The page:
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During the last retreat of the glaciers about 15,000 years ago, a large ice dam blocked the Clark Fork River in the Idaho Panhandle, creating Glacial Lake Missoula.  This lake was massive. It is estimated is was 2,500 feet deep from rim to bottom. As the lake filled, it would back up to the Canadian border covering 3,000 square miles of Western Montana and containing more than 500-600 cubic miles of water which today is more water than Lake Erie and Lake Ontario combined.

The ice dams at Glacial Lake Missoula routinely failed, resulting in periodic gigantic catastrophic glacial floods filled with ice, dirt-filled water, sheared rocks and gravel, leaving a lasting mark on the landscape where it flowed.  The floods swept across Northern Idaho, through the Spokane Valley, southwestward across Eastern Washington, and down the Columbia River Gorge, enroute to the Pacific Ocean.

The Glacial Lake Missoula floods are the largest known floods on Earth during the last two million years.   When the ice dam exploded, the flow of water was ten times the combined flow of all the rivers of the world.  The floods had such height and velocity that it scoured everything in its path. From speeds approaching 65-80 miles per hour, the Glacial Lake Missoula would have drained in as little as 48 hours. In terms of potential energy, the equivalent of 4,500 megatons of TNT was released by each flood.

The cumulative effect of the Glacial Lake Missoula floods was to excavate 50 cubic miles of very fine grained silt or clay, sediment and basalt, largely coming from the Channeled Scablands of Eastern Washington and transport it downstream through the Columbia Gorge.  Near present day Kalama, Washington, a backwater lake was formed known as Lake Allison.

Lake Allison filled the area we now know as the Willamette Valley.  At the time of the floods, the measured height of the lake at Oregon City was 400 feet and in Eugene at 380 feet.  Floods deposited boulders the size of houses and enormous gravel beds along the way. As velocity slowed, the silt-laden water deposited its cargo on the valley floor, forming some of the richest farming soil in the country. Here, the Glacial Lake Missoula floods deposited thick layers of deep, well-drained soils, in some places up to 300 feet, making the Willamette Valley one of the most fertile agricultural lands in the United States.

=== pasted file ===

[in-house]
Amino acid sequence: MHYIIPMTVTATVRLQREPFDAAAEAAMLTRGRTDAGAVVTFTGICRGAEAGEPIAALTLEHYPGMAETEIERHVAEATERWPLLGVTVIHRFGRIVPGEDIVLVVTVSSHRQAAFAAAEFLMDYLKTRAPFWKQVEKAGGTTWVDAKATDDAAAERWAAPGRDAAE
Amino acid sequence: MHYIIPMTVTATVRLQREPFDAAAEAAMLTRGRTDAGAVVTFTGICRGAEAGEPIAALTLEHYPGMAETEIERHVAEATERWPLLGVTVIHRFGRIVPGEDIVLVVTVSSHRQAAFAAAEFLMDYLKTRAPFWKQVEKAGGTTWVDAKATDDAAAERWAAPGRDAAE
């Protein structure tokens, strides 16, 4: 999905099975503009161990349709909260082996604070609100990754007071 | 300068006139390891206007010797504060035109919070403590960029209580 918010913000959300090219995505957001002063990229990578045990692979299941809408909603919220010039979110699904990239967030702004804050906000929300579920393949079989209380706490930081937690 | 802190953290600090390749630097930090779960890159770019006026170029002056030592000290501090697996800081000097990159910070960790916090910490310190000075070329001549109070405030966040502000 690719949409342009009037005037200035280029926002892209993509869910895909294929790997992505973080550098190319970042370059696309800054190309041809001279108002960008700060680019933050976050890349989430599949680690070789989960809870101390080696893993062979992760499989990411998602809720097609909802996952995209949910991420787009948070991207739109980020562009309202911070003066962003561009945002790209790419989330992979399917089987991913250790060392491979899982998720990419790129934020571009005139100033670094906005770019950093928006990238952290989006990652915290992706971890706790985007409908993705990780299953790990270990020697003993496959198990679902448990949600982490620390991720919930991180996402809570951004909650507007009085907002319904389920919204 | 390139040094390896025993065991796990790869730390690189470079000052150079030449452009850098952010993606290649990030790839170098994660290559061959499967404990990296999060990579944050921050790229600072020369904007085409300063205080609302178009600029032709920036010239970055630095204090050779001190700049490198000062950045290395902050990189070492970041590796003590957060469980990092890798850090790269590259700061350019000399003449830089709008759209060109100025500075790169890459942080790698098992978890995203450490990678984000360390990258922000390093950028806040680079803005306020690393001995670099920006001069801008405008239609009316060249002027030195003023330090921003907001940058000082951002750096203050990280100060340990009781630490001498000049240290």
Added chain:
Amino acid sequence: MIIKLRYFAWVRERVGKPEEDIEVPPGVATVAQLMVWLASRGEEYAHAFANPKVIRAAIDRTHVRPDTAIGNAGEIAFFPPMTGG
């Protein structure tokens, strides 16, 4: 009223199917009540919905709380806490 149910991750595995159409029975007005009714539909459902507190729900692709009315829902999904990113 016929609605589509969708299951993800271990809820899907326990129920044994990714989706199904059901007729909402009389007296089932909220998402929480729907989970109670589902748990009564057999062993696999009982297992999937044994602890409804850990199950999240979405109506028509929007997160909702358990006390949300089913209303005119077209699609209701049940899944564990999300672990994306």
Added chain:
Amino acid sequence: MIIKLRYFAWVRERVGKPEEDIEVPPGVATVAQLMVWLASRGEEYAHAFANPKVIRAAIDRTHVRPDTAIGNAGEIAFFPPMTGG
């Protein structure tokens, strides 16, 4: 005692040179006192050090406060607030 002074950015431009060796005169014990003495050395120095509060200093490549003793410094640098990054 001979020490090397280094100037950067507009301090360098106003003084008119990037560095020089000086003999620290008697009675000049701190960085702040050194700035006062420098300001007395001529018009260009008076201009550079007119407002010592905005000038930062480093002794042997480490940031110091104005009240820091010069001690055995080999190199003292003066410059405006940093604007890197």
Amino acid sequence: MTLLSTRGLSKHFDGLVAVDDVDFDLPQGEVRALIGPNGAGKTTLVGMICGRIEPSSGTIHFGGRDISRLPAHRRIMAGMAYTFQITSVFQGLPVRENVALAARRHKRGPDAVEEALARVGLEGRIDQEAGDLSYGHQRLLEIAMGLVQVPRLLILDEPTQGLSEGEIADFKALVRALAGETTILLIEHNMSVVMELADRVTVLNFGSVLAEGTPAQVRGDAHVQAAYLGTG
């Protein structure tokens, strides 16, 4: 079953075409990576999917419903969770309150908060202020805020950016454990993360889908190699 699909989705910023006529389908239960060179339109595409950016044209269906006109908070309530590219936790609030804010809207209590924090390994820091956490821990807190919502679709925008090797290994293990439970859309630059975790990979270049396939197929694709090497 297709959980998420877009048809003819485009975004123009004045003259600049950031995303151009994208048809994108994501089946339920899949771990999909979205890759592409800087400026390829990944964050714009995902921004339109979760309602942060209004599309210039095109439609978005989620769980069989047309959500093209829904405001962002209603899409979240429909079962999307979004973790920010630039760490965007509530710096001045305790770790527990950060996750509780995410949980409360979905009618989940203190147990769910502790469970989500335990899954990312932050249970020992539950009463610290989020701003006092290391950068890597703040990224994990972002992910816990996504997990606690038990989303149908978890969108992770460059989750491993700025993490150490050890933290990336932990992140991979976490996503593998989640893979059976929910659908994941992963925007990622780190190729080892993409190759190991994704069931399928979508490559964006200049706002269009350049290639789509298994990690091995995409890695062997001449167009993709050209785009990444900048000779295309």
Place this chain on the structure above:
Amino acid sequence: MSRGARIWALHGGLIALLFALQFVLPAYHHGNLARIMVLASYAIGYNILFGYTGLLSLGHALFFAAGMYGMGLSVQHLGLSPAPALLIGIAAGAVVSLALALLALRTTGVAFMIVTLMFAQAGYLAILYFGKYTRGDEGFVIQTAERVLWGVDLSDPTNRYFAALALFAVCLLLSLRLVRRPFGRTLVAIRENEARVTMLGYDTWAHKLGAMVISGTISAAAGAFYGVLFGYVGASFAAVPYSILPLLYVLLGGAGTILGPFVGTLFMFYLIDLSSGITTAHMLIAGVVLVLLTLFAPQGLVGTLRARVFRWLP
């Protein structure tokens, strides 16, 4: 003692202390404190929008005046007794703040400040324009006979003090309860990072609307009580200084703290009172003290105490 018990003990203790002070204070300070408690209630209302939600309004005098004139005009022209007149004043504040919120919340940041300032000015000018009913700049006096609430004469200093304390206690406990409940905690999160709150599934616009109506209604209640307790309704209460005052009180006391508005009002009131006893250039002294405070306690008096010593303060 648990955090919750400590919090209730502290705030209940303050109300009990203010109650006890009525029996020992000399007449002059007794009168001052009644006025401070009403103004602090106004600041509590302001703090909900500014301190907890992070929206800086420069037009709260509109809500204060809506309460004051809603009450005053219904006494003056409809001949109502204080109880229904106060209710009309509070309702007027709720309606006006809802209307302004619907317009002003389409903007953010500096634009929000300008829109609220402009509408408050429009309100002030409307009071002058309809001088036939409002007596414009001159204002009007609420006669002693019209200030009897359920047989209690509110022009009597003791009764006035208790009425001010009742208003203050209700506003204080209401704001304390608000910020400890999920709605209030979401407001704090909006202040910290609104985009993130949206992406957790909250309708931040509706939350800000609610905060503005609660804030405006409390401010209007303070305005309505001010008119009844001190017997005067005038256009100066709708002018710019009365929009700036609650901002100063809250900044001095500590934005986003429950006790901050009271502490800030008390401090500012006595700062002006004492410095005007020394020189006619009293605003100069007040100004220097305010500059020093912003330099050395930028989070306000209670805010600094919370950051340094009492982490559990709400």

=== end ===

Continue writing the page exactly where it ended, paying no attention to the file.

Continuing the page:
The last Glacial Lake Missoula flood occurred about 13,000 years ago.  And thence, to this land came the Kalapuya Indians that settled between the Rivers of the Santiam, nestled in the fertile Willamette Valley nearly 10,000 years ago. 

Caption.  Today, a view over Santiam Valley.  Fifteen thousand years ago, this landscape was part of Allison Lake that spread from Portland to Eugene.  Here rests the silt-laden soil that flowed from Montana, Northern Idaho, Eastern Washington and down through the Columbia Gorge during the time of the Missoula Floods. 




Santiam derives its name from the Santiam group of the Kalapuya (Kalapooia) Indians that once lived in this geographical area for 8,000-10,000 years, according to archaeological sites.  The North and South Santiam Rivers provided livelihood to the Santiam group. The two tributaries merge near the present-day City of Jefferson.  As traders, explorers and settlers arrived, by 1833 an estimated ninety percent of the Kalapuya people perished due to smallpox and malaria.  In 1851, leaders of the Santiam group requested to remain on their traditional territory between the forks of the Santiam River.